Partner Megan Noh, co-chair of the Art Law practice, recently penned an article for the Columbia Journal of Law & the Arts examining the nuances of the copyrightability of artwork, an exploration flowing from her experience representing an art collector and several art dealers in the ongoing lawsuit filed by artist Cady Noland in relation to the restoration of her sculpture, "Log Cabin."

In the action (currently pending in the Southern District of New York) Noland has sought to disavow the work. On behalf of her clients, Noh has argued that Noland is not entitled to do so, since the work is not eligible for protection under the Visual Artists Rights Act, for which a prerequisite is copyrightability, and the Copyright Office has repeatedly denied registration for "Log Cabin."

Using the "Log Cabin" controversy as a springboard, Noh's article "probes the conflict between the values and objectives underlying moral rights versus the 'dominant,' economic theory of pre-existing copyright law," arguing that the rationale for limiting the scope of copyrightable works eligible for exclusive rights under Section 106 does not logically justify the denial of attribution and integrity rights under Section 106A for the single, original copy of an artwork recognized by the relevant community.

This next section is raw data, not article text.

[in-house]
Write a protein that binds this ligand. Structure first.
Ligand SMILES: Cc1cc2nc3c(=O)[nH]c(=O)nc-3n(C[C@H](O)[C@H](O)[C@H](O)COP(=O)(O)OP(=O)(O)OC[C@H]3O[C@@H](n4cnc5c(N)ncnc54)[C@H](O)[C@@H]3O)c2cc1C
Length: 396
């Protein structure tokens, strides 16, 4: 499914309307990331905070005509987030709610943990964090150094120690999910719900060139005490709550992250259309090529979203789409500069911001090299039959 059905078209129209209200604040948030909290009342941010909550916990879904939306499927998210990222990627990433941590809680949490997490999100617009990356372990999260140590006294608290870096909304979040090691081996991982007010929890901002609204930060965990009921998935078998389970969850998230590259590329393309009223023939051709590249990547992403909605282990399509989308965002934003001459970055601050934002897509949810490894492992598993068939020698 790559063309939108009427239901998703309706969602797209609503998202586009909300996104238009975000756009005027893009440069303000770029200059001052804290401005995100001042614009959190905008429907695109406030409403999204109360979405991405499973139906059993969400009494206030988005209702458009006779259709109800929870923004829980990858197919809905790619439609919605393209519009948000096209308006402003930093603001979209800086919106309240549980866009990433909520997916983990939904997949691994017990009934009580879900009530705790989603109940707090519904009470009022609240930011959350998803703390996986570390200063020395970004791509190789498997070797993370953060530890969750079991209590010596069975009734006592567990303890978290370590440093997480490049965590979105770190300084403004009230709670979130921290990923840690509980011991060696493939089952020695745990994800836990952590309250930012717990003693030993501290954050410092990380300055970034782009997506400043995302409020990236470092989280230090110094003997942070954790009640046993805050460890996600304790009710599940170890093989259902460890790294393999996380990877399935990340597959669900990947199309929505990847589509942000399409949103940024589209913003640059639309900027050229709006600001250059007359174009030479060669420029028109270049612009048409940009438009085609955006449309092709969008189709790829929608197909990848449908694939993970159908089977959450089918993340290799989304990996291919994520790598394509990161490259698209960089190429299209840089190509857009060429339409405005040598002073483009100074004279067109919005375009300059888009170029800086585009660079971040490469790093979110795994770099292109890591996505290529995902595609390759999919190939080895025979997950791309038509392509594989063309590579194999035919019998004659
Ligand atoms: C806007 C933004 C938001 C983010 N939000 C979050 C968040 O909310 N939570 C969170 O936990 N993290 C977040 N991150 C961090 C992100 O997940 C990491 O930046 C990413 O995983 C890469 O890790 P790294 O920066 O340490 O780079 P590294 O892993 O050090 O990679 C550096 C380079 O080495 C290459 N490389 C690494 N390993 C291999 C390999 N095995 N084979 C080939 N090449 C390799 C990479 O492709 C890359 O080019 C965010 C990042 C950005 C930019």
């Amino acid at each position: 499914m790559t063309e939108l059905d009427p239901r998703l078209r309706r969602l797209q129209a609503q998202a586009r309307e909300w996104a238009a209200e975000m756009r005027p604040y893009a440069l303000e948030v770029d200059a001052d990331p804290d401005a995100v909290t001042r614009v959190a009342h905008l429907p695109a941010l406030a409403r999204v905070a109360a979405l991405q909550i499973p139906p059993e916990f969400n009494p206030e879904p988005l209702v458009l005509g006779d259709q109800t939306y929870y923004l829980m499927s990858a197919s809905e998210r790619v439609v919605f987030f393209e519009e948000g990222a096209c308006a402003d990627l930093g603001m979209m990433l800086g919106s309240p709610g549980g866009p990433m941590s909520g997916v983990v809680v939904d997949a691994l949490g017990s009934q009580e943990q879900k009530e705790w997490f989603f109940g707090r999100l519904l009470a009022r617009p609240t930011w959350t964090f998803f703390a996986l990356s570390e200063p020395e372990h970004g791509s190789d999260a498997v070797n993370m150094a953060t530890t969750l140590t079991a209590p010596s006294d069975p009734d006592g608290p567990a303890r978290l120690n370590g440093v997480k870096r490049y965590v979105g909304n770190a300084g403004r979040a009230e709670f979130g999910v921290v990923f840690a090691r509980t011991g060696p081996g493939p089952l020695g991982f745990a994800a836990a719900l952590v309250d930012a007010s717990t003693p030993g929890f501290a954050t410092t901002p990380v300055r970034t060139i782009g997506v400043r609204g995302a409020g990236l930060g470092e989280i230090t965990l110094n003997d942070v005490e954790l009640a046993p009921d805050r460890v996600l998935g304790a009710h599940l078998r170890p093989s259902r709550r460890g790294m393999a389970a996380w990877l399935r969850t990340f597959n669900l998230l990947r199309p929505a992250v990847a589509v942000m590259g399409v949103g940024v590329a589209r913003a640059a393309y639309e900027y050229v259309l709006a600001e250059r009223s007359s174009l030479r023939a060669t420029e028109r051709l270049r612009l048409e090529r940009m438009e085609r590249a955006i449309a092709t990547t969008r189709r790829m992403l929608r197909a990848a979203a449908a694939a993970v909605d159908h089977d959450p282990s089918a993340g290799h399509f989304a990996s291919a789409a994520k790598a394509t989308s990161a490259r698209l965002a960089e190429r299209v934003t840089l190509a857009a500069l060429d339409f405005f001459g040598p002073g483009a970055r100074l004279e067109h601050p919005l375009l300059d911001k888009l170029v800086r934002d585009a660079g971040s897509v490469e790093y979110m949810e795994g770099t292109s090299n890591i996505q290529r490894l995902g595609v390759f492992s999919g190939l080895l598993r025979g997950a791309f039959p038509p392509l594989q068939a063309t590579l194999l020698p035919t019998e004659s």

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Originally published 5 May, 2020

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